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I thought it interesting when Facebook’s chief security officer publicly asked Adobe to kill off Flash once and for all.
It is time for Adobe to announce the end-of-life date for Flash and to ask the browsers to set killbits on the same day.
[twitter.com...]
9:06 pm on July 14, 2015 (gmt 0)

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It's one thing to ask, Bill, it's quite another to go a ahead and kill it (like Apple did). Flash won't go away quick, still too useful and very embedded in the web at the moment... but I, too, do agree tat flash as we now know it is more of a liability than tool, and there are other technologies now available.

Note: for those of us who NoScript, flash is disabled always, unless allowed), instance, page, or site. One reason I really didn't notice when Mozilla put this new feature in the build.
9:06 pm on July 14, 2015 (gmt 0)

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I simply updated Flash and the annoying notice went away.
11:38 pm on July 14, 2015 (gmt 0)

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I do a lot of internet radio and most of those have flash for delivery.


A particularly stupid idea as far as I'm concerned. None of the stations I have set up in iTunes use it and I have plenty to choose from.
12:45 am on July 15, 2015 (gmt 0)

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I would equally say that what I NEED to watch, simply wouldn't work without Flash.
8:43 am on July 15, 2015 (gmt 0)

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I asked the question, is it time to retire Flash, too, and i'm no security expert. [webmasterworld.com...]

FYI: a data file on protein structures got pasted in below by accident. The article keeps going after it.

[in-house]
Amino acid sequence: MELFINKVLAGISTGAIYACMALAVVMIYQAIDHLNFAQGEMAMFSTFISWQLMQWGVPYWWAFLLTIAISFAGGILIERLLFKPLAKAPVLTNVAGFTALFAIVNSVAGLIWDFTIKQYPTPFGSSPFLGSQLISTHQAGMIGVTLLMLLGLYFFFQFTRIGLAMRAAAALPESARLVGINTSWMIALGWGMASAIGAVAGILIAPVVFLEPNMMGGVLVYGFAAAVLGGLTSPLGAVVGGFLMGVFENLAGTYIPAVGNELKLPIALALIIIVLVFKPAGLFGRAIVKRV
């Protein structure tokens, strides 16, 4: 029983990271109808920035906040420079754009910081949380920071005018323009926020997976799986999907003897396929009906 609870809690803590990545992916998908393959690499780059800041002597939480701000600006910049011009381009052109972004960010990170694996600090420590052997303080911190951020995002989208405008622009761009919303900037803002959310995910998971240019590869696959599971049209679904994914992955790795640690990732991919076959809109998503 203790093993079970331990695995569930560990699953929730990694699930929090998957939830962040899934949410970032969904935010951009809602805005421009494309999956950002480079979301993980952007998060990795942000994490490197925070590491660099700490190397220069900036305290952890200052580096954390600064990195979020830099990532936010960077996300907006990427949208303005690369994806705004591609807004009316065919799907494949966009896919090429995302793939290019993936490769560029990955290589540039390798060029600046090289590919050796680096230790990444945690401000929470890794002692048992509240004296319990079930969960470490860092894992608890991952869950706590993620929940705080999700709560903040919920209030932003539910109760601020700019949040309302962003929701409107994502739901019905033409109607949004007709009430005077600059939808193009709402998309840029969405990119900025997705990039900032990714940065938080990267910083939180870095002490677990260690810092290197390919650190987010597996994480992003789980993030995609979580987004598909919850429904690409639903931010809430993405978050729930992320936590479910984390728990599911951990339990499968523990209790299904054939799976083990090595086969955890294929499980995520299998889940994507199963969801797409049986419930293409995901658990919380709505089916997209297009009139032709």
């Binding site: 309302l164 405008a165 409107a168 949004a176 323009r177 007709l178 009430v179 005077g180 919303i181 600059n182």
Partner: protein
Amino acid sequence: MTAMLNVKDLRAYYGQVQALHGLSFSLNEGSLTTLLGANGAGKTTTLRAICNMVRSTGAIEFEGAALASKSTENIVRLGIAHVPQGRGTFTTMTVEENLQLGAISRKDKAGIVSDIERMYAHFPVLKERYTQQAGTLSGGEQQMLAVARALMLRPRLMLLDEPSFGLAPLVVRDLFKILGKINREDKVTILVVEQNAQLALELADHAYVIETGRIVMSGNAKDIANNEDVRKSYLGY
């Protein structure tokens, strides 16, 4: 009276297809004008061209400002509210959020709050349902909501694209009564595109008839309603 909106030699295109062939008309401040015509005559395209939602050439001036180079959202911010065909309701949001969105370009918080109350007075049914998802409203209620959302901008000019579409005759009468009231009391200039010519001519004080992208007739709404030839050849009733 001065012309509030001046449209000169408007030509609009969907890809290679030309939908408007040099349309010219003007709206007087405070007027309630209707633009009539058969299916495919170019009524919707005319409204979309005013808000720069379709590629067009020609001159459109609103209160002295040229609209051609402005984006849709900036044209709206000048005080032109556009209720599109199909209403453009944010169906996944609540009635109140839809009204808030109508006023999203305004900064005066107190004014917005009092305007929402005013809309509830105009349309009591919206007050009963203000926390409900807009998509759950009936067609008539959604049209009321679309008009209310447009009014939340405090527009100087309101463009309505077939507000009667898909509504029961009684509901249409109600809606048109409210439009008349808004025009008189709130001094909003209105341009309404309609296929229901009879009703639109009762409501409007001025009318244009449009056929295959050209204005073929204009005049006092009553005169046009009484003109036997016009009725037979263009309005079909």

I'm sure that Flash is not going to go away quickly, but it may have had its day.

With Flash turned off it's a real eye-opener, although, I am missing some content i'd prefer to see.
1:17 pm on July 15, 2015 (gmt 0)

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I thought it interesting when Facebook’s chief security officer publicly asked Adobe to kill off Flash once and for all.


Extremely. Especially considering nearly all the videos posted require flash to play.
7:15 pm on July 15, 2015 (gmt 0)

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I don't have a problem with it blocking the three minute outdated versions of Flash that have more bugs than an ant colony though when clients see the error message I have to think twice every time now since some have gotten viruses from fake warning websites through advertisers that do utterly no scam filtering on their own networks (and the websites that host them either apparently). But you know what...don't tell Mozilla because it'll just be another thing they'll use to further make it painfully difficult as possible to continue customizing Firefox. I wish I could be more positive in general but no one seems to be able to do their jobs competently.

John
3:06 am on July 17, 2015 (gmt 0)